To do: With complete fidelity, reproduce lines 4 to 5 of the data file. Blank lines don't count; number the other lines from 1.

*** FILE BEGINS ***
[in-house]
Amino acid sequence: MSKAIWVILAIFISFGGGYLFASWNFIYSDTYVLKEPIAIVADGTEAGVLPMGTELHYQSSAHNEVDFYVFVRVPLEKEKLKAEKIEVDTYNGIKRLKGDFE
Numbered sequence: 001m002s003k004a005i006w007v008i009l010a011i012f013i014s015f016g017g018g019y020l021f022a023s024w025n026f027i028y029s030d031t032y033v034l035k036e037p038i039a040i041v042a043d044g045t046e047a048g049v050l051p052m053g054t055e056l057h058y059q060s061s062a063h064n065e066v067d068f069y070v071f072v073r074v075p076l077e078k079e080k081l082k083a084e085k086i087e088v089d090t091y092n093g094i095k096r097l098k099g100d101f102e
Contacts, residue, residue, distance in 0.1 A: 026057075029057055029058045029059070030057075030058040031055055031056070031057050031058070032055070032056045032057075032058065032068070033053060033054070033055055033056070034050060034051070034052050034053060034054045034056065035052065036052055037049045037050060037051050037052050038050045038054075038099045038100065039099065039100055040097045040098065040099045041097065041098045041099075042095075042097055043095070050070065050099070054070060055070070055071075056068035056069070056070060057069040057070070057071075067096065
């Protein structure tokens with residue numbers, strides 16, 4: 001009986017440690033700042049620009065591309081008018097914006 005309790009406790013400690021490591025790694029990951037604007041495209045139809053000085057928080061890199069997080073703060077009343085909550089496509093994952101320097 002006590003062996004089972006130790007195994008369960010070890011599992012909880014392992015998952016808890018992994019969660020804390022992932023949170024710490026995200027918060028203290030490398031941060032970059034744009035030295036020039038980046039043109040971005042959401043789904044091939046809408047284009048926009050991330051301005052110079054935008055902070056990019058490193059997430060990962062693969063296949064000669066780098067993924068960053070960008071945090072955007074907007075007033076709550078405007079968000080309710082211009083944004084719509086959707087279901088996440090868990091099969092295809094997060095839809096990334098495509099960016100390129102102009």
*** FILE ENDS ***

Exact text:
Contacts, residue, residue, distance in 0.1 A: 026057075029057055029058045029059070030057075030058040031055055031056070031057050031058070032055070032056045032057075032058065032068070033053060033054070033055055033056070034050060034051070034052050034053060034054045034056065035052065036052055037049045037050060037051050037052050038050045038054075038099045038100065039099065039100055040097045040098065040099045041097065041098045041099075042095075042097055043095070050070065050099070054070060055070070055071075056068035056069070056070060057069040057070070057071075067096065
């Protein structure tokens with residue numbers, strides 16, 4: 001009986017440690033700042049620009065591309081008018097914006 005309790009406790013400690021490591025790694029990951037604007041495209045139809053000085057928080061890199069997080073703060077009343085909550089496509093994952101320097 002006590003062996004089972006130790007195994008369960010070890011599992012909880014392992015998952016808890018992994019969660020804390022992932023949170024710490026995200027918060028203290030490398031941060032970059034744009035030295036020039038980046039043109040971005042959401043789904044091939046809408047284009048926009050991330051301005052110079054935008055902070056990019058490193059997430060990962062693969063296949064000669066780098067993924068960053070960008071945090072955007074907007075007033076709550078405007079968000080309710082211009083944004084719509086959707087279901088996440090868990091099969092295809094997060095839809096990334098495509099960016100390129102102009």